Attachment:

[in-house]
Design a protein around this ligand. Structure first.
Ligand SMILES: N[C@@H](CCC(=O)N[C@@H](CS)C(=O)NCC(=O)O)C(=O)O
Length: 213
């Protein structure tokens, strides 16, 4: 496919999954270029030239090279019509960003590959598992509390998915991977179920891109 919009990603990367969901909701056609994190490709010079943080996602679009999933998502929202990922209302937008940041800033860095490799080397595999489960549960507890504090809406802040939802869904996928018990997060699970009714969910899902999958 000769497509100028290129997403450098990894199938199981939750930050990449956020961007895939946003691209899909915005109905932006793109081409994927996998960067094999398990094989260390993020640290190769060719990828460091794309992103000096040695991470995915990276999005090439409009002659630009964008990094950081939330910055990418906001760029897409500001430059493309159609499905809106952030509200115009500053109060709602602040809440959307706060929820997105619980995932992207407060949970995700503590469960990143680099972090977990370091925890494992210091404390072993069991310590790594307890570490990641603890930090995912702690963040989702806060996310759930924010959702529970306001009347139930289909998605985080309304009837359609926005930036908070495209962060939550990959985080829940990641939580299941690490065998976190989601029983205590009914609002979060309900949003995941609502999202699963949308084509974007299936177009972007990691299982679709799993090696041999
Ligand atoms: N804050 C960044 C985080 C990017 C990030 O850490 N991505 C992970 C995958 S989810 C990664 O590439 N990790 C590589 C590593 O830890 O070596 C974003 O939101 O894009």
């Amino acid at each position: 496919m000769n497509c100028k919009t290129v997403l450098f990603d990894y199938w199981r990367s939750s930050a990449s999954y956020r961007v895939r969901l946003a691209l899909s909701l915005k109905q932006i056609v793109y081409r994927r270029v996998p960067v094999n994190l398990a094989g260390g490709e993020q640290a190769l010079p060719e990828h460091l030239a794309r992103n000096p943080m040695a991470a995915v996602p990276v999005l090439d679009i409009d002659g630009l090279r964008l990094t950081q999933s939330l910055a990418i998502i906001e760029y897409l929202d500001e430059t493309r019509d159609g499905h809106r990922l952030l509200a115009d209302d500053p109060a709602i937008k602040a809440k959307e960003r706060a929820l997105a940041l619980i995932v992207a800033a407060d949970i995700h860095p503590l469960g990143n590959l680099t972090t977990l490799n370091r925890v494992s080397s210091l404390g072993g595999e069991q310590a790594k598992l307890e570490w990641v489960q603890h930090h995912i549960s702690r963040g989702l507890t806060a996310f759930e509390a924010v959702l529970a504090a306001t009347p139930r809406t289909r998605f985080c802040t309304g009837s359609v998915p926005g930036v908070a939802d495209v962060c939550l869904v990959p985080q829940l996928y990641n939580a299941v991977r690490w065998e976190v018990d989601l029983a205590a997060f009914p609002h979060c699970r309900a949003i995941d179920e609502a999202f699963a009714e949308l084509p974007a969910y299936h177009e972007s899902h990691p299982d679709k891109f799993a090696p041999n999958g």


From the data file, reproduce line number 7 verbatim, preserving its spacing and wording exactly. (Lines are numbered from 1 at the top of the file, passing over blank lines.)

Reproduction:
């Amino acid at each position: 496919m000769n497509c100028k919009t290129v997403l450098f990603d990894y199938w199981r990367s939750s930050a990449s999954y956020r961007v895939r969901l946003a691209l899909s909701l915005k109905q932006i056609v793109y081409r994927r270029v996998p960067v094999n994190l398990a094989g260390g490709e993020q640290a190769l010079p060719e990828h460091l030239a794309r992103n000096p943080m040695a991470a995915v996602p990276v999005l090439d679009i409009d002659g630009l090279r964008l990094t950081q999933s939330l910055a990418i998502i906001e760029y897409l929202d500001e430059t493309r019509d159609g499905h809106r990922l952030l509200a115009d209302d500053p109060a709602i937008k602040a809440k959307e960003r706060a929820l997105a940041l619980i995932v992207a800033a407060d949970i995700h860095p503590l469960g990143n590959l680099t972090t977990l490799n370091r925890v494992s080397s210091l404390g072993g595999e069991q310590a790594k598992l307890e570490w990641v489960q603890h930090h995912i549960s702690r963040g989702l507890t806060a996310f759930e509390a924010v959702l529970a504090a306001t009347p139930r809406t289909r998605f985080c802040t309304g009837s359609v998915p926005g930036v908070a939802d495209v962060c939550l869904v990959p985080q829940l996928y990641n939580a299941v991977r690490w065998e976190v018990d989601l029983a205590a997060f009914p609002h979060c699970r309900a949003i995941d179920e609502a999202f699963a009714e949308l084509p974007a969910y299936h177009e972007s899902h990691p299982d679709k891109f799993a090696p041999n999958g």